The Flaming Lips: Live Review – Manchester Academy

The Flaming Lips © Melanie Smith

The Flaming Lips
Manchester Academy
Jan 22nd 2017

Following the January release of their latest studio album ‘Oczy Mlody’, eccentric experimentalists ‘The Flaming Lips’ take to the stage in Manchester, in their second of only two UK shows on the tour. Louder Than War’s photographer Melanie Smith and reviewer Abi Small went along to have a gander.

Impossible to describe as a rock band, a pop-group or anything inbetween, The Flaming Lips are one of those rare and peculiar collectives that seem to actively refute definition. Continually re-inventing their sound and striving for ever-more innovative ways to create music, Wayne Coyne and his troupe of eccentrics spearhead the charge not only for a musical revolution, but for a revolution of the senses. In a bleak world that seems to blindly hurtle towards disaster by the day, The Flaming Lips offer an appealing alternative to the harsh realities of the modern condition with the unapologetic escapism of their live shows; in this tightly packed venue with an inflatable mushroom in the centre of the room, laser beams cutting through the air and glitter pissing down on the audience, it’s hard to believe that you’re in the centre of Manchester on a freezing Sunday night.

The Flaming Lips © Melanie SmithOther than a few festival appearances here and there, the lips have been absent from the UK for some time, with their last tour of the country taking place in 2014. With this in mind, it’s no surprise that tonight’s sold-out gig at Manchester Academy is absolutely rammed to the rafters, making it impossible to move your arms enough to drink that five quid pint you just spent 20 minutes queuing up for. As far as venues go, Manchester Academy is as unassuming as it gets, but tonight this blank canvas was painted with Wayne Coyne’s kaleidoscopic brush and transformed into a psychedelic wonderland in true Flaming Lips fashion. The stage itself was a visual masterpiece bedecked with lasers, a curtain made of neon lights, and several oversized inflatable props including a rainbow and a weird anthropomorphic sun, setting the scene for what can only be described as an assault on the senses. As the lips took to the stage and opened with mind-bending masterpiece ‘Race for the Prize’, this simulated acid-trip spilled off the stage and into the crowd as an onslaught of enormous balloons were released, causing the room to resemble the inside of a molecule as they chaotically collided and bounced across the audience.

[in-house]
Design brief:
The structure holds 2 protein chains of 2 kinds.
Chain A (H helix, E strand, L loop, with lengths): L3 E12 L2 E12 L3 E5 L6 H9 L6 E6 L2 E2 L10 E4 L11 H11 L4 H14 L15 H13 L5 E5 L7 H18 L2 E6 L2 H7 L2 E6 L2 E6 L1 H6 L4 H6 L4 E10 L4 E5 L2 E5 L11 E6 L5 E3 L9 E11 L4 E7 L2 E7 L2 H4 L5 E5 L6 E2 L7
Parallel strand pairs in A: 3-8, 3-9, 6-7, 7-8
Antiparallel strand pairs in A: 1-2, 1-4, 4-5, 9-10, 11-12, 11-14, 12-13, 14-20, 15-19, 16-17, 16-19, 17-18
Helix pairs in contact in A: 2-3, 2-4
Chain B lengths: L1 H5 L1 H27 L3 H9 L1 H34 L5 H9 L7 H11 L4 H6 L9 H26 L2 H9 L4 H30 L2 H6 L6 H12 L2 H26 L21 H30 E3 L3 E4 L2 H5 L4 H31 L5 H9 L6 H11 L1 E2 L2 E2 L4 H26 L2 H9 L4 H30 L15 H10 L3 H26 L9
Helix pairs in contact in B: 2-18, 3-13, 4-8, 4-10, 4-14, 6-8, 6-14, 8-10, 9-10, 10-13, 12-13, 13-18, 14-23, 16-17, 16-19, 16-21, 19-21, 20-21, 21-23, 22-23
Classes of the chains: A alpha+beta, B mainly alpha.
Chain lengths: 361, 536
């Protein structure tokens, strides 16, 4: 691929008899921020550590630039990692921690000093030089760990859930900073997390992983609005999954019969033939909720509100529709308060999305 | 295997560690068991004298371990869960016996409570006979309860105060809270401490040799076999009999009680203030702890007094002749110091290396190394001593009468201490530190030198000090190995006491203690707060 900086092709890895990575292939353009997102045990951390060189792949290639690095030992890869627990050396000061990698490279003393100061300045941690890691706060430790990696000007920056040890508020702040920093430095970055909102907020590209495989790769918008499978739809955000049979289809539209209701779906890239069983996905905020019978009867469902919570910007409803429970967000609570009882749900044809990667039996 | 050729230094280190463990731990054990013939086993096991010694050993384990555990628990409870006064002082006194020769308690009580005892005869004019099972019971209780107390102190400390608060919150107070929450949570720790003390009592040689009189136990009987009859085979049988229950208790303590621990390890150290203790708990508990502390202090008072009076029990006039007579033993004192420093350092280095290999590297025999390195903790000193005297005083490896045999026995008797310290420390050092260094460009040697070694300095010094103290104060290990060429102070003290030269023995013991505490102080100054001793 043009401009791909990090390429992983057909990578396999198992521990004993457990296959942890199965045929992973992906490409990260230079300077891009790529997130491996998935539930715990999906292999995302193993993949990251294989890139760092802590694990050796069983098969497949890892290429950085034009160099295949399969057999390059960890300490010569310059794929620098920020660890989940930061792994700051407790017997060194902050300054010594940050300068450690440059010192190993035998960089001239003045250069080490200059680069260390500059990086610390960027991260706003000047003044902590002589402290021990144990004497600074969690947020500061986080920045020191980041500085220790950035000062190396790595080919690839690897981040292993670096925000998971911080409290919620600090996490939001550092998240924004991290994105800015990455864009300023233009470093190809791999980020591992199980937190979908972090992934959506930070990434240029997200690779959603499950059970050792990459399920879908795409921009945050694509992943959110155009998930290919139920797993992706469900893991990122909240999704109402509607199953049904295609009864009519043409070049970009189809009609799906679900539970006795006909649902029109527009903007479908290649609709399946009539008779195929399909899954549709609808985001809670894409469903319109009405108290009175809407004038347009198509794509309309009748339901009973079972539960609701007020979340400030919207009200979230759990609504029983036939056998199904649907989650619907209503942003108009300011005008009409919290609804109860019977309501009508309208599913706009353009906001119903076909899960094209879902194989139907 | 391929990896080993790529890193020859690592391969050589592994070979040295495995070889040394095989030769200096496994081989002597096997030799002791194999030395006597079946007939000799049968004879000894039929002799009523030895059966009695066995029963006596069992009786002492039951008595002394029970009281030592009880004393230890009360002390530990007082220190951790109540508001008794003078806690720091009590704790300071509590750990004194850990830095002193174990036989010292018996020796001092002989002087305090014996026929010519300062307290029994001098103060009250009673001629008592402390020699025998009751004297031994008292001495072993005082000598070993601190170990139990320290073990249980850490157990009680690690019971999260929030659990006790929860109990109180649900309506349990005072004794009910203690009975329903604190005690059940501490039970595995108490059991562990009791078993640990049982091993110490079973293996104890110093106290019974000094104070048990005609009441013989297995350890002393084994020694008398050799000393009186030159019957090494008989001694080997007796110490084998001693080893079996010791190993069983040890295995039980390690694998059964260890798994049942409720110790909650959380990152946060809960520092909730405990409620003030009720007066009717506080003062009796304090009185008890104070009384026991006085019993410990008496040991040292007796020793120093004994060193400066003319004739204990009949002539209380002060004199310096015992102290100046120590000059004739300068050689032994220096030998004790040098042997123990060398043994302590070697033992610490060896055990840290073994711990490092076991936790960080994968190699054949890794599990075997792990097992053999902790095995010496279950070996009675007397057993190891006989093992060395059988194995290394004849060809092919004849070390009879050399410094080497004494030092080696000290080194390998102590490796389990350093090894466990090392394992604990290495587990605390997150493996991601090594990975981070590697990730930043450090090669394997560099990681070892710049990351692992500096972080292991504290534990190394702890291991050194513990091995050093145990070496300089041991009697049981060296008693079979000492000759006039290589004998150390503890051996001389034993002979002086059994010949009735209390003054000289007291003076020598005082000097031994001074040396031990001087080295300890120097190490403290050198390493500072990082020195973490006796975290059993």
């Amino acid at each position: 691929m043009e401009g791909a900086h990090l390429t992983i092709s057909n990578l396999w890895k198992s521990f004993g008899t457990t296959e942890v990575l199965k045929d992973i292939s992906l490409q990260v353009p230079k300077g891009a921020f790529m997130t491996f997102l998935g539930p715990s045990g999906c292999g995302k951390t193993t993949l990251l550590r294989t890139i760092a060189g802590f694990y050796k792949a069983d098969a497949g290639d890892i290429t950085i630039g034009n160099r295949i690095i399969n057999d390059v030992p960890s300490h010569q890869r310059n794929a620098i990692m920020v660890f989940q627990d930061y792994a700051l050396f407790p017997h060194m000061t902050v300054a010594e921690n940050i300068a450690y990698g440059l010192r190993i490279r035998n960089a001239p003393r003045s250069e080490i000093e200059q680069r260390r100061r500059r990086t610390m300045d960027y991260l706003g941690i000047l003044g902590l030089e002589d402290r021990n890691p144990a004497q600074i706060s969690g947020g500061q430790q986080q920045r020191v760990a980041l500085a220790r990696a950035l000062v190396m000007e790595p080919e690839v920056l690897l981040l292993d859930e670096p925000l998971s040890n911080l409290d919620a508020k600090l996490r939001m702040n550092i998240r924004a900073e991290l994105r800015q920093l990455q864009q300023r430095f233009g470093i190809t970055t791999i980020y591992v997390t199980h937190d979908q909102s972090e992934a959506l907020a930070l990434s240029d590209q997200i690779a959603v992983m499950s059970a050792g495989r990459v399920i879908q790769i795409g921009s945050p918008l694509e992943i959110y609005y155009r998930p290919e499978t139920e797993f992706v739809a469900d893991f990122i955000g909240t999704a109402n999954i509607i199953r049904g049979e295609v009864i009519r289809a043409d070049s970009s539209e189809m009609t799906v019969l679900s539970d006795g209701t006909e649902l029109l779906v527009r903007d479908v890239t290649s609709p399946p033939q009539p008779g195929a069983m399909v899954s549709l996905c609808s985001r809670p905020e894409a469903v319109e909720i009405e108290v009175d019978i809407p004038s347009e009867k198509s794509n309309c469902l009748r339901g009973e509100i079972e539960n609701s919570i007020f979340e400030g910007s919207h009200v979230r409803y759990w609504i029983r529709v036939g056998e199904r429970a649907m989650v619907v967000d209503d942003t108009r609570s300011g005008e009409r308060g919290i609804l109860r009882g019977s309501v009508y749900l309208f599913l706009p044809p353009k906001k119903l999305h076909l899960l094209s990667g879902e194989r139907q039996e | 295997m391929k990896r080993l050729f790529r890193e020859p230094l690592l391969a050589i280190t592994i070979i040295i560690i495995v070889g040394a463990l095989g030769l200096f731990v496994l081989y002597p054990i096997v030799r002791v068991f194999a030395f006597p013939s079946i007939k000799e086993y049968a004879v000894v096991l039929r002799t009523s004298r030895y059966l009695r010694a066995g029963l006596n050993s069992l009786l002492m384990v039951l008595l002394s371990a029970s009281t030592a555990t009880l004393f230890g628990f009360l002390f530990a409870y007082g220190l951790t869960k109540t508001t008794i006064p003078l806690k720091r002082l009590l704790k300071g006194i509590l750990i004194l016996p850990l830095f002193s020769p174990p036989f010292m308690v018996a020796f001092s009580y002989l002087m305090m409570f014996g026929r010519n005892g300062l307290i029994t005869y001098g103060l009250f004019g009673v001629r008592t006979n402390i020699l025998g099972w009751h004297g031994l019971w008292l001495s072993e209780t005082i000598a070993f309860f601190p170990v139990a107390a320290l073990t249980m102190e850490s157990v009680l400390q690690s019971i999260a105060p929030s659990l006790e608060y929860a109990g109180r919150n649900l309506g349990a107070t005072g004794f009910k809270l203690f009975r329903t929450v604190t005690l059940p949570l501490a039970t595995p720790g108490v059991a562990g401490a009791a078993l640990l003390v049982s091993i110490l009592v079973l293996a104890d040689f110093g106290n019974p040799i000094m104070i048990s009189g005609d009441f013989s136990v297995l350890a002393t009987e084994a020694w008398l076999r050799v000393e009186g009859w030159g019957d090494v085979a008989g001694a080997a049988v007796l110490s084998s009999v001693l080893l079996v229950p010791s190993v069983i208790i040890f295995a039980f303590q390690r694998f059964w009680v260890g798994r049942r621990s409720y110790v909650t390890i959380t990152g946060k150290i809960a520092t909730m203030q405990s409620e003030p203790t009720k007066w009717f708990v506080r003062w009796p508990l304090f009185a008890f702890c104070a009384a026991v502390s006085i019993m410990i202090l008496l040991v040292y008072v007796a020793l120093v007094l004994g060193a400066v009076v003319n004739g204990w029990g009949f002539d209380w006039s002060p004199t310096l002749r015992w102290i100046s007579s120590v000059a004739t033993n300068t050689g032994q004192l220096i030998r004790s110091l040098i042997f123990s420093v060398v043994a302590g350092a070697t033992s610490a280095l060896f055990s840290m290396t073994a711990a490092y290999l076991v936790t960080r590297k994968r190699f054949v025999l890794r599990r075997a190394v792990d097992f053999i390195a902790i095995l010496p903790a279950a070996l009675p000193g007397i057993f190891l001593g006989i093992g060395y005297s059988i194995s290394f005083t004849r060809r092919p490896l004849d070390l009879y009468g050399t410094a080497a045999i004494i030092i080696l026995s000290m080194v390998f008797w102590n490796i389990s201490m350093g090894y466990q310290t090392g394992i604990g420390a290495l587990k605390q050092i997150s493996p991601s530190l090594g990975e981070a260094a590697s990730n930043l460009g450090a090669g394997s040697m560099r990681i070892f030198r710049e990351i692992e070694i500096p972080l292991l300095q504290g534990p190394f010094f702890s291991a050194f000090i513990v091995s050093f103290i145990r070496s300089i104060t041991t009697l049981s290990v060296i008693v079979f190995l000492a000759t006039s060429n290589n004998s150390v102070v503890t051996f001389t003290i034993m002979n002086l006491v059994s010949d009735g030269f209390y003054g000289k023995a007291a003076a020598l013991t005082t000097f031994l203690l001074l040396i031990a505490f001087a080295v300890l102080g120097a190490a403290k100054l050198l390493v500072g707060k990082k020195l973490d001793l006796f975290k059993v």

Wayne Coyne’s cartoonish dreamscape lies somewhere in the margin between Utopia and Dystopia, and new album ‘Oczy Mlody’ is like an Orwellian re-write of Lewis Carroll, as fairytale-esque lyrics featuring giant toadstools, castles and mythical creatures are set against a backdrop of droning discordant melodies that tinge an otherwise whimsical album with a dark and disquieting undertone. Despite the recent release of ‘Oczy Mlody’ however, The Flaming Lips largely stuck to their older material, incorporating only four tracks from the new album in their hour and a half set. Signature tune ‘Yoshimi Battles the Pink Robots part 1’ is serenely balmy and prompts a rapturous singalong from a crowd who have clearly missed seeing the lips in action, whilst other classics ’Pompeii AM Gotterdamerung’ which Coyne dedicated to Black Sabbath and ‘The W.A.N.D’ also draw huge cheers as their unmistakably ethereal sound rings out across a delighted crowd. Wearing a flamboyant outfit complete with a pair of pompom-adorned sequin pants that would make Noel Fielding jealous, Coyne did not give a single fuck as he sat astride a plastic neon unicorn to perform ‘There Should Be Unicorns’ (obviously), whilst blasting glitter over the audience with a massive confetti cannon. For me however, the highlight of the show was The Flaming Lips’ sensational tribute to David Bowie, as the room exploded into song during this poignant and emotional moment. Despite performing Bowie classic ‘Space Oddity’ from inside his human-sized hamster-ball whilst surrounded by ostentatious stage-props, the song was beautifully understated and Coyne executed the vocal as well as anyone who dared to cover Bowie could ever expect.